India’s players have escaped the formal sanction for an outburst on the pitch after a DRS decision went against them in the third Test against South Africa.
While some reports claimed that ICC match leaders had informally talked to the Indian team management about the players’ behavior, the governing body has not established any official code of conduct.
The Indians had been furious when South Africa captain Dean Elgar had an LBW verdict overturned by ball-tracking technology when he was in a central position on the 22nd the third afternoon in Proteas’ ultimate successful hunt.
The delivery from Ravichandran Ashwin turned out to jump over the top of the stumps at Hawk-Eye’s ball tracking, and the furious Indian players could be heard over the stump microphones criticizing the technology.
Ashwin, ahead of the bowling of the next delivery, approached the stump microphone range and shouted, “You should find better ways to win, SuperSport.”
India captain Virat Kohli also deliberately went to the stumps to speak into the microphone, saying, “Focus on your team as they throw the ball. Not just the opposition. Trying to catch people all the time.”
This appears to be a reference to the events in Cape Town in 2018, where SuperSport cameras played a role in revealing Australia’s ball manipulation, with now infamous images of sandpaper being used on the ball and then tucked in front of Cameron Bancroft’s trousers.
KL Rahul, India’s vice-captain, was heard over the blunt microphone saying: “It’s the whole country against 11 guys.”
SuperSport uses technology from Hawk-Eye Innovations, the same providers that work with ICC and BCCI, among others.
After falling to a seven-wicket defeat in Cape Town, with the Proteas claiming the series 2-1, Kohli was defiant at his post-match press conference.
“We understood what was happening on the pitch and people from the outside do not know the exact details of what is going on on the pitch, so for me to try to justify what we did on the pitch and say we were torn with is wrong, said Kohli.
“If we had been charged up and picked up three wickets there, it would probably have been the moment that changed the game.
“The reality of the situation is that we did not put enough pressure on them for extended periods during the test match and therefore we lost the match.
“One moment seems very nice and very exciting to make a controversy out of, which I honestly am not at all interested in making a controversy out of.
“It was just a moment that went by and we went on from there, and just kept focusing on the match and trying to collect wickets.”
The ICC states on its website that its code of conduct is to “maintain the cricket’s public image, popularity and integrity by offering an effective means of deterring any participant from behaving improperly on and off the ‘course-of-play’ or in a way that is contrary to the ‘spirit of cricket’ “.
While the governing body no longer maintains an updated public register of its code of conduct, there has been a long history in which the ICC has fined players for language use over the blunt microphone, even though none of the Indian players cursed in broadcast comments.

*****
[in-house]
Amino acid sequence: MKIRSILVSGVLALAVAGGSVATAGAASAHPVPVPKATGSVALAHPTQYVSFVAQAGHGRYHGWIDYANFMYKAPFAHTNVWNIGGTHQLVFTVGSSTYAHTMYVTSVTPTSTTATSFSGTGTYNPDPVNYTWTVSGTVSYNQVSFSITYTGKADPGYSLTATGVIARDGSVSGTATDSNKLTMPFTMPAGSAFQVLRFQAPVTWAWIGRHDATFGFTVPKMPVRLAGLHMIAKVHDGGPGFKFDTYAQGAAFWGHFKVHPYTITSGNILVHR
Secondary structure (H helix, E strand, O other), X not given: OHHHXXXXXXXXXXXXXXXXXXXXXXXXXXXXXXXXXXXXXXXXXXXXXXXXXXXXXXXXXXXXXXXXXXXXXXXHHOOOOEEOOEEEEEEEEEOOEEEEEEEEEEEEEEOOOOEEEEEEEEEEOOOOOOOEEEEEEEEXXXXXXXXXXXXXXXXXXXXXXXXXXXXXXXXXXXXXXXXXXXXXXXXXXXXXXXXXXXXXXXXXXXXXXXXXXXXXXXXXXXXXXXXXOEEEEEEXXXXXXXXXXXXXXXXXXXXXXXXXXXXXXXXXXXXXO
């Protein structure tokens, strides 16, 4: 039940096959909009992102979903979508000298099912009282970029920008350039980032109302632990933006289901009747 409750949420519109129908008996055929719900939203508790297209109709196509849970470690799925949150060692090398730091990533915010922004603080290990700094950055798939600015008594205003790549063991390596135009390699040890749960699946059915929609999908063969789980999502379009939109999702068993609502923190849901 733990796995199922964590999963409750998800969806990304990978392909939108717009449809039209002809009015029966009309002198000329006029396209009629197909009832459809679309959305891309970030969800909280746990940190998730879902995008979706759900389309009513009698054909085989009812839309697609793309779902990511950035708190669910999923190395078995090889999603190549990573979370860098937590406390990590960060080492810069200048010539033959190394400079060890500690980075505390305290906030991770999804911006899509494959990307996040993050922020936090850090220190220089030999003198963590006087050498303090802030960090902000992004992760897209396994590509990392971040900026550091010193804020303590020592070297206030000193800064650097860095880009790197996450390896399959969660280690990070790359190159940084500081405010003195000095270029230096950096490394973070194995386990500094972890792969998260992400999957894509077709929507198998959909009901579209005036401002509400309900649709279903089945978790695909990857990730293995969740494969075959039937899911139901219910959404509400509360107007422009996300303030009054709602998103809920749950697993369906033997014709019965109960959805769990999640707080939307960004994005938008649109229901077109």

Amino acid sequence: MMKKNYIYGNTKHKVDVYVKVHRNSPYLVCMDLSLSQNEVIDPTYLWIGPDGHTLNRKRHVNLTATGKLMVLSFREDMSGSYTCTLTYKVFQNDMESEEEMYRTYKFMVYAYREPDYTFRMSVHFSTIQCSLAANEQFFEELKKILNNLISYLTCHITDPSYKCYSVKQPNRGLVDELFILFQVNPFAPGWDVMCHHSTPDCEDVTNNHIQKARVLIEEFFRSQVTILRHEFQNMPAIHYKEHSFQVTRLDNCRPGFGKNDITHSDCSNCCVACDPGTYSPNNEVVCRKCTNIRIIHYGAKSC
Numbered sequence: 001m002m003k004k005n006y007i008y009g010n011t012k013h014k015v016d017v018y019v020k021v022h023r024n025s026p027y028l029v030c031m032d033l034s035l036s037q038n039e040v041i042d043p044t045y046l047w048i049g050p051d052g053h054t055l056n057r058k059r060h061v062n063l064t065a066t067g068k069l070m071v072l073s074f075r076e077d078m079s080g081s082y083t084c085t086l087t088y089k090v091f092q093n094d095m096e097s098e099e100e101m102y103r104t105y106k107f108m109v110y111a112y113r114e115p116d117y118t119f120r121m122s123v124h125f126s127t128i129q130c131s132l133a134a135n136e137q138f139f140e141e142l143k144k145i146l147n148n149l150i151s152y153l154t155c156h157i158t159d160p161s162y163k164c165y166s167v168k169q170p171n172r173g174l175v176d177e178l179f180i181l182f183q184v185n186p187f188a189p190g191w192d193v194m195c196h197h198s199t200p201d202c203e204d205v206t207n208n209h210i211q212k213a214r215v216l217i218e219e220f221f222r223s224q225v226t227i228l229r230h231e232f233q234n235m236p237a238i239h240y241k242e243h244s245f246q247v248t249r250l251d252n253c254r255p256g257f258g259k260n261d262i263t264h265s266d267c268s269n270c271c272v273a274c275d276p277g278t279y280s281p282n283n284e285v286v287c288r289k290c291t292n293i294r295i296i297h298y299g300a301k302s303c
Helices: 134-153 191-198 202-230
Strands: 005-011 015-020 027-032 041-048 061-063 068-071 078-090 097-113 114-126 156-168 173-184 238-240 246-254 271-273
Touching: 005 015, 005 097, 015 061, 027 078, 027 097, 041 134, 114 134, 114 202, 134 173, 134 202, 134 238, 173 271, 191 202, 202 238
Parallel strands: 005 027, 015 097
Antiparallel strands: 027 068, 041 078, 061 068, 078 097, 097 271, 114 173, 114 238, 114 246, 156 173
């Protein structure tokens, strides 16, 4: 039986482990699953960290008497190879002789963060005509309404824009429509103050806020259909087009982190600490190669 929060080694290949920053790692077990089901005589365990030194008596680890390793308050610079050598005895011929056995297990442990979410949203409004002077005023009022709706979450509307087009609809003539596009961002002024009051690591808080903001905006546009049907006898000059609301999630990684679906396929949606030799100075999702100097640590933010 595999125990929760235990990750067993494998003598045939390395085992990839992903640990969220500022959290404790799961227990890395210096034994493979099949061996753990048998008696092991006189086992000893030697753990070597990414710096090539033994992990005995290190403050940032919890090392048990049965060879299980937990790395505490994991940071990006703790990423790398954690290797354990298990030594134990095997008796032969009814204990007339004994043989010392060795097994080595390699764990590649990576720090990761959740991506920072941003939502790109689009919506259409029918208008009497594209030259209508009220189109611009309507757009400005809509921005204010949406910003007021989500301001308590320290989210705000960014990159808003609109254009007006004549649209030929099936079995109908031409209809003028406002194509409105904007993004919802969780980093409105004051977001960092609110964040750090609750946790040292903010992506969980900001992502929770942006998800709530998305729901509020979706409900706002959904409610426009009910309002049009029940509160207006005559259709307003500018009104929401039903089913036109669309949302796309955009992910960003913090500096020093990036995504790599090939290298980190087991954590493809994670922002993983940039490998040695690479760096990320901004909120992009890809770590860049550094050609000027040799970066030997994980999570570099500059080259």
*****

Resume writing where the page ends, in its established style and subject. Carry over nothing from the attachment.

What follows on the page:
Proteas is set to host Australia in 2023
Meanwhile, Cricket South Africa’s director of cricket, Graeme Smith, the former captain, confirmed that the Proteas expect to host Australia for a rescheduled test trip in mid-2023.
The series, written in August of the same year, would be a reorganization of the February 2021 series, which was canceled due to travel concerns during the COVID-19 pandemic.
South Africa is also seeking to reschedule a three-match ODI series against England, which was canceled in December 2020.
“England, I think, are around February-March next year, and then Australia is in August 2023 to replace (the 2021 test series). It will be announced sometime soon,” Smith told SuperSport during the test.
The series victory against India has been a source of immense pride after being well beaten with 113 races in the first test in Pretoria, but returned to win in both Johannesburg and Cape Town against the number 1 in the world.
Elgar said he had to show some ‘hard love’ to his players, which he believes was behind their turn in fortunes to win a pulsating test series.
“We have a young, talented group,” Elgar told reporters after the victory was complete. “The experience is not there, but we get it and get better every day.
“It was unreal to see how a group that does not have the ‘names’ could come together and play as one. This is a proper unit. It was a proper team victory.”
Elgar admits he did not pull any strings after the loss in Pretoria and says there were some tough talks in the group.
“Ultimately, if you want to work at a high performance level, you have to have hard, hard chats. If guys don’t like it, it’s up to them to deal with it,” he said.
“I’m a bit of an old school mentality with a new school twist, but I put some real challenges to some senior players to stand up and react. It was brilliant to see the boys take the message on board.
“If you want to be world number one in the future, you have to compete and beat the best.”
South Africa, who won their previous series in the Caribbean in June, will host world test champions New Zealand in two matches next month.
“We are by no means the finished article,” Elgar said. “But I’m already thinking of the next series, which is something I have to try to control and control, because I want to burn my brain out.
“There are a lot of positive things in that series, but also a lot of negative things we have to hit our heads on.”
Additional reporting from Reuters